September 12, 2011


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Written by: Mitch Salem
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DRIVE is a self-conscious genre movie, and those are tricky propositions.  On the one hand, you need to make your existential or other textual statement with all the artistry at your command; on the other, you still have to fulfill the demands of the genre you’ve chosen.  If you do it right, you have Heat; make a mistake and you’ve got The Driver.  Nicolas Winding Refn has for the most part made smart decisions, and the result is an exciting, moody thriller graced with an exceptional cast and some high-caliber moviemaking.

Taking a cue from The Driver, the protagonist of Drive has no given name, and is credited merely as “Driver.”  (Walter Hill’s picture pushed the pretention farther, with hardly any of the characters having names.)  Ryan Gosling, continuing to find a sweet spot between commercial vehicles (so to speak) and art-house cinema, plays a man with overlapping jobs:  he’s a movie stunt-driver, an auto mechanic and a getaway driver for heists.  (In all 3 professions, he works with Shannon, played by Bryan Cranston.)  As a getaway man, he insists on strict rules:  he has nothing to do with the robbery itself, but provides the crooks with a window of exactly 5 minutes.  If they’re in his car with the loot within that window, he guarantees they’ll get where they want to go; any earlier or later, and he’s gone. 
Our hero is reticent (of course), but immensely loyal, and he lets Shannon talk him into a plan to work together on a NASCAR auto, for which he’ll be the driver.  This requires capital, however, which brings them into the orbit of gangster Bernie Rose (Albert Brooks) and his partner Nino (Ron Perlman).  As one may easily imagine, no good can come of this.  Meanwhile, he’s also met his neighbor down the hall, Irene (Carey Mulligan) and her young son Benicio (Kaden Leos).  The three become close, but then Irene’s husband Standard (Oscar Isaac) is released from prison, which starts the plot rolling and the characters dying.  Inevitably, things boil down to the Driver facing off against those who threaten the people he cares about.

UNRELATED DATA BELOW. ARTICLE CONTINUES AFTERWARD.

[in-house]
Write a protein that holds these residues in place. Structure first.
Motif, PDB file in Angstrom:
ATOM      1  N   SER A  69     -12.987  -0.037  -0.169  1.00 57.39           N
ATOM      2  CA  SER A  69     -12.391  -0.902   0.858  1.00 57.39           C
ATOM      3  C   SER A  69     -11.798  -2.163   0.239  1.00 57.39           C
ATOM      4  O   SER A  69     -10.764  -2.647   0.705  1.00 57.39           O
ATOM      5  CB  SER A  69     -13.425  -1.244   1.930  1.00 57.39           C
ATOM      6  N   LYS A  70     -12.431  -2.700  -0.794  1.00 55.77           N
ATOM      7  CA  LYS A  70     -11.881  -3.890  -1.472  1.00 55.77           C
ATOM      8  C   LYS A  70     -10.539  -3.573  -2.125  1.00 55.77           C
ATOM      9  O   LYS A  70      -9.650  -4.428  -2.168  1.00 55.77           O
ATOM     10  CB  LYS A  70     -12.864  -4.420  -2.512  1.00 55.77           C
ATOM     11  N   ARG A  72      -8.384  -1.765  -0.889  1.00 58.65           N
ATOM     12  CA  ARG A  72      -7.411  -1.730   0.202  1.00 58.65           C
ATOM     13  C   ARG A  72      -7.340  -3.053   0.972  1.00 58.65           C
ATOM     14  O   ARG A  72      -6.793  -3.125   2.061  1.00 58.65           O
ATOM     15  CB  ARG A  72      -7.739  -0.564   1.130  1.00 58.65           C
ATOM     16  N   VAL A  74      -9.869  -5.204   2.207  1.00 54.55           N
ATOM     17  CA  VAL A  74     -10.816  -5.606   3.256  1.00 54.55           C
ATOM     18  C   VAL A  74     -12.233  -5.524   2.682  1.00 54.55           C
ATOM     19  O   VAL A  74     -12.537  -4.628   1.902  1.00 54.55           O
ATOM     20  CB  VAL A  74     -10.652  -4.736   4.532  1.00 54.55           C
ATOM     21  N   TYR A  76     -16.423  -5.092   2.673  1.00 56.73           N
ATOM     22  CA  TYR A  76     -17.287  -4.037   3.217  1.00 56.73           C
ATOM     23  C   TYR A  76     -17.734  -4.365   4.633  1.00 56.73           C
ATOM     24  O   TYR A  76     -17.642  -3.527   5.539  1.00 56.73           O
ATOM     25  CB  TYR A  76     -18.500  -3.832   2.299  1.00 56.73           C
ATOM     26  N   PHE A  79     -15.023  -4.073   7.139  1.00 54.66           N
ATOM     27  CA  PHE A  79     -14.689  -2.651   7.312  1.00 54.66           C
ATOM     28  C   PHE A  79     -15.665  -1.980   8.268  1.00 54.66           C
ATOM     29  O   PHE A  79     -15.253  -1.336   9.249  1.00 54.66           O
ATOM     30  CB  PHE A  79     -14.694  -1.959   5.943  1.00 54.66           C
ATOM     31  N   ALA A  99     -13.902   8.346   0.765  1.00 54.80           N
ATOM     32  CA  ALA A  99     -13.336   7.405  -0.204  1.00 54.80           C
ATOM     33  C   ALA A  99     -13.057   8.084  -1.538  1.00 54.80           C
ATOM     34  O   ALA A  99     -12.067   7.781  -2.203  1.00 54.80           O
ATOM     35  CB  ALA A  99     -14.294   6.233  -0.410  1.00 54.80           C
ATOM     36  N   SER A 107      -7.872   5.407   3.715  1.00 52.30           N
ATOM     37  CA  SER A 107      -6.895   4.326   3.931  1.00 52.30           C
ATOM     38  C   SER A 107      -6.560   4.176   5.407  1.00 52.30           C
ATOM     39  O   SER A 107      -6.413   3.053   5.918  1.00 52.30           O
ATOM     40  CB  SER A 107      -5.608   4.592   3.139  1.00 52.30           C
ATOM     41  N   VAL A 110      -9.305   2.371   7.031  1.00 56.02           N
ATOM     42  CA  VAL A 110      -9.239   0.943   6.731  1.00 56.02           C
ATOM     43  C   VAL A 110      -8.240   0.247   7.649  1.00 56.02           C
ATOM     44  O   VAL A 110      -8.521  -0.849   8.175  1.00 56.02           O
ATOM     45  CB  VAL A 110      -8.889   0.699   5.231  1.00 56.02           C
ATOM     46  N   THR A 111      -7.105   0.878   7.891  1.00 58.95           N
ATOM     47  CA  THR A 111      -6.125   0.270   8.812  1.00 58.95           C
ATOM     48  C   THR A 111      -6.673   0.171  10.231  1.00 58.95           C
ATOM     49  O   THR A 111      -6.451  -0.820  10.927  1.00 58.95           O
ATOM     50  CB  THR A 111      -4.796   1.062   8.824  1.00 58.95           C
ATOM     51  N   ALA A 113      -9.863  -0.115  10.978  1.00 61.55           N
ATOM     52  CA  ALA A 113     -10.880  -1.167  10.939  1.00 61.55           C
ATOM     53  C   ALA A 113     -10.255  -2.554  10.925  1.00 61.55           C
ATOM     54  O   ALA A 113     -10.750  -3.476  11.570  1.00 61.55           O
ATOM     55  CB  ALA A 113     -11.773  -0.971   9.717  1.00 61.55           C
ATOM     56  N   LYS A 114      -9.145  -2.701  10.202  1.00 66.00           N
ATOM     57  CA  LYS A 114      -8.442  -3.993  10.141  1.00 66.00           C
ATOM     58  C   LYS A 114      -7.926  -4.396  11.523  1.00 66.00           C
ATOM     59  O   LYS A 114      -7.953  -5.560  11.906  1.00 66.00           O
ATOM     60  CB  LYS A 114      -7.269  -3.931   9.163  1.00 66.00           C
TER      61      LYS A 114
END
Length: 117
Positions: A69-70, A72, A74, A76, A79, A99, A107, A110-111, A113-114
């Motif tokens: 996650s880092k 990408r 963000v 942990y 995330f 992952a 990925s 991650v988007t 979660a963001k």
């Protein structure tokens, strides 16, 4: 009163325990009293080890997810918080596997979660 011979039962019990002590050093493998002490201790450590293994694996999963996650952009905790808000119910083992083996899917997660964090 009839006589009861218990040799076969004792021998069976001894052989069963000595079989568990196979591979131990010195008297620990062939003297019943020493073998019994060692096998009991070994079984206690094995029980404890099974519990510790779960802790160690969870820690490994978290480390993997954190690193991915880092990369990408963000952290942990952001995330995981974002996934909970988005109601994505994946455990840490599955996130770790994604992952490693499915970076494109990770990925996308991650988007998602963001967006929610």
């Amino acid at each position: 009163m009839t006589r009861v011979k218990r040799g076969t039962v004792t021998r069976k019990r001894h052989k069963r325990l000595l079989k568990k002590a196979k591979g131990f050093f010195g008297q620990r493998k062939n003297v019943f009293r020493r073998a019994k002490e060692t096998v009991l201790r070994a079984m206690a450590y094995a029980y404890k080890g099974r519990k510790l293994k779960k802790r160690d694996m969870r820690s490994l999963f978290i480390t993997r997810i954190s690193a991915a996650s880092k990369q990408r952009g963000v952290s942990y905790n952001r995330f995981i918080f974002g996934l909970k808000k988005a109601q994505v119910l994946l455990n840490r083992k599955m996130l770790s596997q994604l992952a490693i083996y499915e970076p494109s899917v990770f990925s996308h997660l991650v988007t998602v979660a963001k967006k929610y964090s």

Refn directed the Danish Pusher trilogy, as well as the prison drama Bronson, so he’s not a newcomer to the melding of thrills with character and theme.  Working from a spare script by Hossein Amini (from the novel by James Sallis), Refn works the genre conventions–the heist gone bad, the chases, the double-crosses that become triple, the killings that have to happen because a man’s gotta do what a man’s gotta do–with style and speed, and no compunction about mixing aesthetically composed chase sequences with sudden, bloody and brutal violence.  The gorgeous LA photography is by Newton Thomas Sigel, whose films include 3 Kings and The Usual Suspects, and the swift, lucid editing is by Mat Newman, a Refn veteran.  Also notable is the score by Cliff Martinez, a regular member of Steven Soderbergh’s team. 
This side of Michael Mann, rarely do genre efforts draw this kind of cast. Gosling’s streak of quality movies continues, and in what easily could have been a rote Man-With-No-Name kind of role, he brings humanity and a believably heartfelt wish to avoid the violence he wreaks.  Mulligan has perfected the heartfelt yearning she conveyed in An Education and Never Let Me Go; her part here is thin, but she fills it with emotion.  Probably the movie’s biggest surprise is Albert Brooks–he did a jokey convict role in Out of Sight, but here he’s utterly convincing as an aging gangster who’s wearily willing to handle the dirty work himself.  Perlman, Isaac, Cranston and Christina Hendricks all contribute tasty supporting bits.
It’s difficult to sell a movie like Drive, because even great reviews can drive the genre fans away, while promos that center on car chases and shoot-outs may not appeal to the art film crowd.  Gosling, although one of the fastest-rising actors around, has yet to prove that his name can open a movie on its own.  However it does at the box office, however, Drive is a superior example of having your genre and deconstructing it too.

About the Author

Mitch Salem
MITCH SALEM has worked on the business side of the entertainment industry for 20 years, as a senior business affairs executive and attorney for such companies as NBC, ABC, USA, Syfy, Bravo, and BermanBraun Productions, and before that, at the NY law firm of Weil, Gotshal & Manges. During all that, he has more or less constantly been going to the movies and watching TV, and writing about both since the 1980s. His film reviews also currently appear on and In addition, he is co-writer of an episode of the television series "Felicity."